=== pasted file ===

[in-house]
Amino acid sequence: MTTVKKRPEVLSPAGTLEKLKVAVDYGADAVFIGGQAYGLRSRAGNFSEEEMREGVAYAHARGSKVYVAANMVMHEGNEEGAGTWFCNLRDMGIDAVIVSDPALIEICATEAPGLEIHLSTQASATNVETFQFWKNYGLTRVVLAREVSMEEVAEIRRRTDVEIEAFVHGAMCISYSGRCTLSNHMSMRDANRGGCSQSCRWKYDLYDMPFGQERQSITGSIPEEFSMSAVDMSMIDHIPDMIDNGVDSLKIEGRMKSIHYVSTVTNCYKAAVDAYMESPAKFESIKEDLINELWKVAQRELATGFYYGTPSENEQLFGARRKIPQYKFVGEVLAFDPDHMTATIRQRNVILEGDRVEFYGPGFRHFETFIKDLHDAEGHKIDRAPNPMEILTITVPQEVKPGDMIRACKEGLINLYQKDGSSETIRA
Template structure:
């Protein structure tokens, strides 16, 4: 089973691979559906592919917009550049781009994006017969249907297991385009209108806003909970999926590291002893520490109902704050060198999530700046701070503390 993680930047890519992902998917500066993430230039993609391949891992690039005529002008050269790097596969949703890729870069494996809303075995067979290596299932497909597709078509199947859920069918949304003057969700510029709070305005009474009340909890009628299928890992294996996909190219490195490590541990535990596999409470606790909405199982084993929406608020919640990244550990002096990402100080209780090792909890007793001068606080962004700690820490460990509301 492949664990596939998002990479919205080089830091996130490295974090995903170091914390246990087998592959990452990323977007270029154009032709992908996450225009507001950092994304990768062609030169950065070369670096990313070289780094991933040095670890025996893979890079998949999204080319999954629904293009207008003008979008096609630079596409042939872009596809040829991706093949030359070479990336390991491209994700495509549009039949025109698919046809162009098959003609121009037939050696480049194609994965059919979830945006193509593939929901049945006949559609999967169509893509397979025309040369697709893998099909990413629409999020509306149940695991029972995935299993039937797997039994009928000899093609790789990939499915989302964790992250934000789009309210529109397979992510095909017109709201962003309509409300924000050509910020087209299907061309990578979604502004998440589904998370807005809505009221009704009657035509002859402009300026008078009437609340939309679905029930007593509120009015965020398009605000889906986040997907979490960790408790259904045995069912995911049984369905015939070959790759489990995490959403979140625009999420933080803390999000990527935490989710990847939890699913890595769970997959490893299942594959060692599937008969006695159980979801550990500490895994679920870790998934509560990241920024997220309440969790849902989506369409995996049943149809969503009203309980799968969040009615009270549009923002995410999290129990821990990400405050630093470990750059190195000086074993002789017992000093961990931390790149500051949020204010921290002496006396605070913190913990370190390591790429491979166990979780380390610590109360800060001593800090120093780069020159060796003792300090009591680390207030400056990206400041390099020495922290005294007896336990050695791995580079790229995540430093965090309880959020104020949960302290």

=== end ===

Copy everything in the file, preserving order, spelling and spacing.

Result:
[in-house]
Amino acid sequence: MTTVKKRPEVLSPAGTLEKLKVAVDYGADAVFIGGQAYGLRSRAGNFSEEEMREGVAYAHARGSKVYVAANMVMHEGNEEGAGTWFCNLRDMGIDAVIVSDPALIEICATEAPGLEIHLSTQASATNVETFQFWKNYGLTRVVLAREVSMEEVAEIRRRTDVEIEAFVHGAMCISYSGRCTLSNHMSMRDANRGGCSQSCRWKYDLYDMPFGQERQSITGSIPEEFSMSAVDMSMIDHIPDMIDNGVDSLKIEGRMKSIHYVSTVTNCYKAAVDAYMESPAKFESIKEDLINELWKVAQRELATGFYYGTPSENEQLFGARRKIPQYKFVGEVLAFDPDHMTATIRQRNVILEGDRVEFYGPGFRHFETFIKDLHDAEGHKIDRAPNPMEILTITVPQEVKPGDMIRACKEGLINLYQKDGSSETIRA
Template structure:
């Protein structure tokens, strides 16, 4: 089973691979559906592919917009550049781009994006017969249907297991385009209108806003909970999926590291002893520490109902704050060198999530700046701070503390 993680930047890519992902998917500066993430230039993609391949891992690039005529002008050269790097596969949703890729870069494996809303075995067979290596299932497909597709078509199947859920069918949304003057969700510029709070305005009474009340909890009628299928890992294996996909190219490195490590541990535990596999409470606790909405199982084993929406608020919640990244550990002096990402100080209780090792909890007793001068606080962004700690820490460990509301 492949664990596939998002990479919205080089830091996130490295974090995903170091914390246990087998592959990452990323977007270029154009032709992908996450225009507001950092994304990768062609030169950065070369670096990313070289780094991933040095670890025996893979890079998949999204080319999954629904293009207008003008979008096609630079596409042939872009596809040829991706093949030359070479990336390991491209994700495509549009039949025109698919046809162009098959003609121009037939050696480049194609994965059919979830945006193509593939929901049945006949559609999967169509893509397979025309040369697709893998099909990413629409999020509306149940695991029972995935299993039937797997039994009928000899093609790789990939499915989302964790992250934000789009309210529109397979992510095909017109709201962003309509409300924000050509910020087209299907061309990578979604502004998440589904998370807005809505009221009704009657035509002859402009300026008078009437609340939309679905029930007593509120009015965020398009605000889906986040997907979490960790408790259904045995069912995911049984369905015939070959790759489990995490959403979140625009999420933080803390999000990527935490989710990847939890699913890595769970997959490893299942594959060692599937008969006695159980979801550990500490895994679920870790998934509560990241920024997220309440969790849902989506369409995996049943149809969503009203309980799968969040009615009270549009923002995410999290129990821990990400405050630093470990750059190195000086074993002789017992000093961990931390790149500051949020204010921290002496006396605070913190913990370190390591790429491979166990979780380390610590109360800060001593800090120093780069020159060796003792300090009591680390207030400056990206400041390099020495922290005294007896336990050695791995580079790229995540430093965090309880959020104020949960302290």